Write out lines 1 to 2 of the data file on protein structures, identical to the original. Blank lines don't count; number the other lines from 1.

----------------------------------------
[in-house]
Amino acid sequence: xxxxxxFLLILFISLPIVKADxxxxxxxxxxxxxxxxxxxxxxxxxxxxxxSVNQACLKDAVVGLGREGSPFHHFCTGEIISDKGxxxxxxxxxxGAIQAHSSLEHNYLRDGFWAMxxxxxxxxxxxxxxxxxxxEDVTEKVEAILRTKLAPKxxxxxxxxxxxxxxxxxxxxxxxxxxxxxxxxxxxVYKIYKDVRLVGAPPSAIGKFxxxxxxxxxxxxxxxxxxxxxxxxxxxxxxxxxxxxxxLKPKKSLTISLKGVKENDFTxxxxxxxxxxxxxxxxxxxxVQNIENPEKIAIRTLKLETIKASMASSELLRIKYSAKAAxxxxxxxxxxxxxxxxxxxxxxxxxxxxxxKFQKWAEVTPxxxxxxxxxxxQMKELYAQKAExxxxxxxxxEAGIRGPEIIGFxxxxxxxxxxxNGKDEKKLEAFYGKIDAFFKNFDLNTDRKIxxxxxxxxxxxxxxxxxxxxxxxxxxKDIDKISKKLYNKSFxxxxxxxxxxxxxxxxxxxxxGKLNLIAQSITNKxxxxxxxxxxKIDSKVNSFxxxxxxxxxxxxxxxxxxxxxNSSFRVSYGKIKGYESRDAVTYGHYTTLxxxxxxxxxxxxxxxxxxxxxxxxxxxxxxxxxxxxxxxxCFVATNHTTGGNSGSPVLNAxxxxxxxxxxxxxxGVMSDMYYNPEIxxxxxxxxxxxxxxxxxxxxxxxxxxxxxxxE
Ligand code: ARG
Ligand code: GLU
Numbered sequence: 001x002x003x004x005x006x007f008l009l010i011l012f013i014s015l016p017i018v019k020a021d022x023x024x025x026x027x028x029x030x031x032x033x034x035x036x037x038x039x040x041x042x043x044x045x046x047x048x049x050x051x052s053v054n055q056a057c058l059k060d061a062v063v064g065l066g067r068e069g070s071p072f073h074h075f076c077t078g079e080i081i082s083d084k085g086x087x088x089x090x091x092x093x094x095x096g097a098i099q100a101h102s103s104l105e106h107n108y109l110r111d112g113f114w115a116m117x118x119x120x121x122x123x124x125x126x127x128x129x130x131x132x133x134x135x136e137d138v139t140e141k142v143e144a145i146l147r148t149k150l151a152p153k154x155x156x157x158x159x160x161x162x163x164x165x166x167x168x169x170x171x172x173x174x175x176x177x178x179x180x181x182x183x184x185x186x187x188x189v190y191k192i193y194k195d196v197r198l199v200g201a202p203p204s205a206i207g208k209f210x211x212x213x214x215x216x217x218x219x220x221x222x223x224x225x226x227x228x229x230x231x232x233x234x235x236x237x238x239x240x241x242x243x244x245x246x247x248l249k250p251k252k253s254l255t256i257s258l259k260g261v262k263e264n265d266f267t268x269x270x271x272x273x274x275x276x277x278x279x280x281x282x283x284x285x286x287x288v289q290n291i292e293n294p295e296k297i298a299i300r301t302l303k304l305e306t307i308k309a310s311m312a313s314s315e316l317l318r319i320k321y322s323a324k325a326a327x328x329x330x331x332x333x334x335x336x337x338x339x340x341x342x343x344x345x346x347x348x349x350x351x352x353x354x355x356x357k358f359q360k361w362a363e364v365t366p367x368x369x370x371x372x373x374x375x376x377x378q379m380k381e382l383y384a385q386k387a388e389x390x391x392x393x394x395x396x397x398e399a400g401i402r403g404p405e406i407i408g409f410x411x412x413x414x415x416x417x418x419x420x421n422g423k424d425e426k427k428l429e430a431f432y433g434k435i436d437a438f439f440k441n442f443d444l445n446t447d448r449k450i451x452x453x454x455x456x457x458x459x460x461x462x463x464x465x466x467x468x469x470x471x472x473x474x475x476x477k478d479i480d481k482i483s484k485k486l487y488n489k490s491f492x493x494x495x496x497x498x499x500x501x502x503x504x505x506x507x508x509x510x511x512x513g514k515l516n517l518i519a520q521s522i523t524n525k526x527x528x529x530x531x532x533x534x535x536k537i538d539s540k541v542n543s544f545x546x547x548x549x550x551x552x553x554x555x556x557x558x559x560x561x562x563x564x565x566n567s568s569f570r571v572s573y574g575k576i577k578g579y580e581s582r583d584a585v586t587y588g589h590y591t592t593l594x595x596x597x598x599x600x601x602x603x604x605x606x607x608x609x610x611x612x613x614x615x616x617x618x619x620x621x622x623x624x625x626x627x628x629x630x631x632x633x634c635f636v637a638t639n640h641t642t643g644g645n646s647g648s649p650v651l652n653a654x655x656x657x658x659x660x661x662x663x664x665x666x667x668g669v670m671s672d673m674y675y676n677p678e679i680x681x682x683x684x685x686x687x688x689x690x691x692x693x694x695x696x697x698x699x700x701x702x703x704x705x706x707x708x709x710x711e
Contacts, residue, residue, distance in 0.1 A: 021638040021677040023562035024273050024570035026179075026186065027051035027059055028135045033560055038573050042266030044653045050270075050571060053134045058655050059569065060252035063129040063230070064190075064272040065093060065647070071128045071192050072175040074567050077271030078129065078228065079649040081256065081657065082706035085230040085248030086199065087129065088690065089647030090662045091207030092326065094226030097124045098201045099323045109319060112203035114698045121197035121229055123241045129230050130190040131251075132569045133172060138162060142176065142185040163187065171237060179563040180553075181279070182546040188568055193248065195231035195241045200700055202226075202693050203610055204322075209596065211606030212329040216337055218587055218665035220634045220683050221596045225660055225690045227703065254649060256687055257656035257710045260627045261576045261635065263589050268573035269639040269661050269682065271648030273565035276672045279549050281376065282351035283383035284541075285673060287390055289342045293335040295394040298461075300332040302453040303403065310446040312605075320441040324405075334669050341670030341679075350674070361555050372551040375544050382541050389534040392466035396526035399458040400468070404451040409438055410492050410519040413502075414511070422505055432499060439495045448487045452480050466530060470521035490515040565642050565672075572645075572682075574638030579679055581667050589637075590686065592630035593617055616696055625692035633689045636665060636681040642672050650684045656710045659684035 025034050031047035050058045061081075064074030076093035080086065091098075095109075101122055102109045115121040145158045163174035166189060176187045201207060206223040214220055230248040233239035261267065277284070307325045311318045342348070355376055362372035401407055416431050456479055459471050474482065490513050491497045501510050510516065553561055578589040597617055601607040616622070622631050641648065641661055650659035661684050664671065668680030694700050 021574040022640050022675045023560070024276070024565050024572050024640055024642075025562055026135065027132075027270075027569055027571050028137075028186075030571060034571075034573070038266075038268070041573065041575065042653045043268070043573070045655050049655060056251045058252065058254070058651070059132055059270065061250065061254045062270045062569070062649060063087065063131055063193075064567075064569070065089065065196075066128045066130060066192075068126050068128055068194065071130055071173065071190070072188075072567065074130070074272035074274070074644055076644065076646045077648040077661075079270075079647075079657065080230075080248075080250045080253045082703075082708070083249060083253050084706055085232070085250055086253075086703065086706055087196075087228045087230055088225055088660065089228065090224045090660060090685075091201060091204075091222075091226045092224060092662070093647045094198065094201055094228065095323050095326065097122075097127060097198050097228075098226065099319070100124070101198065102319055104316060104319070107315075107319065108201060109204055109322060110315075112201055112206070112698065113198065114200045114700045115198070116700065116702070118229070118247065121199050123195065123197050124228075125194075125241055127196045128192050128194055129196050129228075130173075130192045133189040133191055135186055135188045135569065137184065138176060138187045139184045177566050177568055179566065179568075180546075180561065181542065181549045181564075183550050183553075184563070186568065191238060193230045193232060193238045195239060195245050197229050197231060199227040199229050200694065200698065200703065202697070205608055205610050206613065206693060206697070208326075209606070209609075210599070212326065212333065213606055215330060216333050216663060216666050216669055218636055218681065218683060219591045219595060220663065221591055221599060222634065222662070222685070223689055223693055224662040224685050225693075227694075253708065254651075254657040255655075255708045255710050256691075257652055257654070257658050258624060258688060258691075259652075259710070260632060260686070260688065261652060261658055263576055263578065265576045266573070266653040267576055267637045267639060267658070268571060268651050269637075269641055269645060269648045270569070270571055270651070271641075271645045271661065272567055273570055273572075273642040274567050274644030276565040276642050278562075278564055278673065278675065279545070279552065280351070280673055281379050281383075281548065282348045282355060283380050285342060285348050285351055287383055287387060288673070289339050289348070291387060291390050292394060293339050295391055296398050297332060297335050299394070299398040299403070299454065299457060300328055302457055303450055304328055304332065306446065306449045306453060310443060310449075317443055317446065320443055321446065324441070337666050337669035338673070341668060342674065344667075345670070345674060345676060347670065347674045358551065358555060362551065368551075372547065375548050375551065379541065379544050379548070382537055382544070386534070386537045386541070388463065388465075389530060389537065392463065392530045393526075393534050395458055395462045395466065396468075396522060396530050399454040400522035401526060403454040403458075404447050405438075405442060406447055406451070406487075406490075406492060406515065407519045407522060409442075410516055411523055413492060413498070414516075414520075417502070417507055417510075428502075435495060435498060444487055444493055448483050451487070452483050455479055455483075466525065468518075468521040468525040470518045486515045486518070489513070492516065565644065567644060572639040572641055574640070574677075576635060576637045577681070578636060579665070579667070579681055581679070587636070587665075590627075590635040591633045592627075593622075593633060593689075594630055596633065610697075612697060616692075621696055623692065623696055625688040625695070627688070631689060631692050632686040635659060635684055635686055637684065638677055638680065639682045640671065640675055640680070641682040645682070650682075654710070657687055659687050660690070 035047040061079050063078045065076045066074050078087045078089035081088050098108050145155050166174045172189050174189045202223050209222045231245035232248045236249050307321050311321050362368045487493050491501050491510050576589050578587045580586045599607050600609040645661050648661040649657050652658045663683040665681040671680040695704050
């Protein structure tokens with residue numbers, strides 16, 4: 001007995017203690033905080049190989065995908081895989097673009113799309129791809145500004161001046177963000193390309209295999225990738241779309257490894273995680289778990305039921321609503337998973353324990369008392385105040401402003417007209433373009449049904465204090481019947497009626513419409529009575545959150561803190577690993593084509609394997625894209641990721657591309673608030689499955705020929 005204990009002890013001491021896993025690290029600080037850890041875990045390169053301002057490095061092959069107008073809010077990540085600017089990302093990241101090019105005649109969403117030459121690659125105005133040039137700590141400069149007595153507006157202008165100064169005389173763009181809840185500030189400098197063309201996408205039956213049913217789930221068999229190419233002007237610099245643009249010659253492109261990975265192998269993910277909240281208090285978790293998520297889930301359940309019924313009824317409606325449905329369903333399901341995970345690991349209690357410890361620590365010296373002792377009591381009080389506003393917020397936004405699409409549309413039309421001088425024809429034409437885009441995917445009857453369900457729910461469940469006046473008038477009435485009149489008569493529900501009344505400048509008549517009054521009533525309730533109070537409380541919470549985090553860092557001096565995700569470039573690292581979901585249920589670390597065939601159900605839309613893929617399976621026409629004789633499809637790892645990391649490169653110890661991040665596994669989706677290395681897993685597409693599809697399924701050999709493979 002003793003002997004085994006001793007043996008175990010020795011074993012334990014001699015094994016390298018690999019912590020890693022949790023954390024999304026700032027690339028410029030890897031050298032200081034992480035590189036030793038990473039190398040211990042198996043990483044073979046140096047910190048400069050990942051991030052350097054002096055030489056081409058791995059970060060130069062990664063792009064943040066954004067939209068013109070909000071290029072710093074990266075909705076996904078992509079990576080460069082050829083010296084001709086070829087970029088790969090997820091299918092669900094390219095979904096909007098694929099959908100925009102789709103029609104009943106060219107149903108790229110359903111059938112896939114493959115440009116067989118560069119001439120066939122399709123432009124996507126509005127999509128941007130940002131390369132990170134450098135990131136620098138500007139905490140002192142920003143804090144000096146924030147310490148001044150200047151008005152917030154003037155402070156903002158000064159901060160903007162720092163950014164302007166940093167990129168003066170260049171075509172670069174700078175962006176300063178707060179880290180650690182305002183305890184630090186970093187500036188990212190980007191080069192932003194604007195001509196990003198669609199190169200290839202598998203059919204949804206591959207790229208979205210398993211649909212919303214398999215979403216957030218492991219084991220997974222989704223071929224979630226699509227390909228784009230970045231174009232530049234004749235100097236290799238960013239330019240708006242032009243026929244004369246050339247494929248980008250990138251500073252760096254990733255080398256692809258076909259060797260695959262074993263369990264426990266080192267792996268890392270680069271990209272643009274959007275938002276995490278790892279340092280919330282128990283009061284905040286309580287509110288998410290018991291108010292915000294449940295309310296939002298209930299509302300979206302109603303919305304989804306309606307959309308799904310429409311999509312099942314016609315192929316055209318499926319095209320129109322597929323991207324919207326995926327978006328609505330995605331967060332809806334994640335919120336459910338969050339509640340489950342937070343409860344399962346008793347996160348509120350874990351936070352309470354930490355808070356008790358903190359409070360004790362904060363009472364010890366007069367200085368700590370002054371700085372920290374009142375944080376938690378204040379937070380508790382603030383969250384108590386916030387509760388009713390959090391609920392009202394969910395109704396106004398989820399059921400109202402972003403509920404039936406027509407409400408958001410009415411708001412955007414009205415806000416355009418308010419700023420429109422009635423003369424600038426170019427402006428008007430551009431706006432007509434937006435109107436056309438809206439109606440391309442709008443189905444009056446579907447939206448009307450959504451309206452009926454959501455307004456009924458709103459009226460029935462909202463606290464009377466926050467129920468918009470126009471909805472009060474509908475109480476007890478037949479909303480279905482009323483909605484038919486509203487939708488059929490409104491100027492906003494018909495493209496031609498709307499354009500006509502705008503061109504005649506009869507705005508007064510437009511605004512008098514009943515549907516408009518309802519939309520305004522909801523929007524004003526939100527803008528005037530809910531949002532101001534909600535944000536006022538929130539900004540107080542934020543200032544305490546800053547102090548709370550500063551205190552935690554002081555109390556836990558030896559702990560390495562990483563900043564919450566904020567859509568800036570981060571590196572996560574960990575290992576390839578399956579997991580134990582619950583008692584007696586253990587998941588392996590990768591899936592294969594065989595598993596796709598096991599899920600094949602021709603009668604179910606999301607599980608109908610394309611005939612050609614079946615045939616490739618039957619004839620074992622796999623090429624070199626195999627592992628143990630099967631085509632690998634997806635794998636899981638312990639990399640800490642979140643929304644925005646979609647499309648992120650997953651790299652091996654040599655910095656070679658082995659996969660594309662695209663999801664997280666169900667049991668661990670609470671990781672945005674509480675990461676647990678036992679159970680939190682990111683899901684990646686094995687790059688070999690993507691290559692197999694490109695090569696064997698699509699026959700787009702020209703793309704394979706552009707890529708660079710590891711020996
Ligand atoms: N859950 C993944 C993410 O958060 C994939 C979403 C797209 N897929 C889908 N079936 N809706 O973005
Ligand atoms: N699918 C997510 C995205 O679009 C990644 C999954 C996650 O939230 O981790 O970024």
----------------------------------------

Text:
[in-house]
Amino acid sequence: xxxxxxFLLILFISLPIVKADxxxxxxxxxxxxxxxxxxxxxxxxxxxxxxSVNQACLKDAVVGLGREGSPFHHFCTGEIISDKGxxxxxxxxxxGAIQAHSSLEHNYLRDGFWAMxxxxxxxxxxxxxxxxxxxEDVTEKVEAILRTKLAPKxxxxxxxxxxxxxxxxxxxxxxxxxxxxxxxxxxxVYKIYKDVRLVGAPPSAIGKFxxxxxxxxxxxxxxxxxxxxxxxxxxxxxxxxxxxxxxLKPKKSLTISLKGVKENDFTxxxxxxxxxxxxxxxxxxxxVQNIENPEKIAIRTLKLETIKASMASSELLRIKYSAKAAxxxxxxxxxxxxxxxxxxxxxxxxxxxxxxKFQKWAEVTPxxxxxxxxxxxQMKELYAQKAExxxxxxxxxEAGIRGPEIIGFxxxxxxxxxxxNGKDEKKLEAFYGKIDAFFKNFDLNTDRKIxxxxxxxxxxxxxxxxxxxxxxxxxxKDIDKISKKLYNKSFxxxxxxxxxxxxxxxxxxxxxGKLNLIAQSITNKxxxxxxxxxxKIDSKVNSFxxxxxxxxxxxxxxxxxxxxxNSSFRVSYGKIKGYESRDAVTYGHYTTLxxxxxxxxxxxxxxxxxxxxxxxxxxxxxxxxxxxxxxxxCFVATNHTTGGNSGSPVLNAxxxxxxxxxxxxxxGVMSDMYYNPEIxxxxxxxxxxxxxxxxxxxxxxxxxxxxxxxE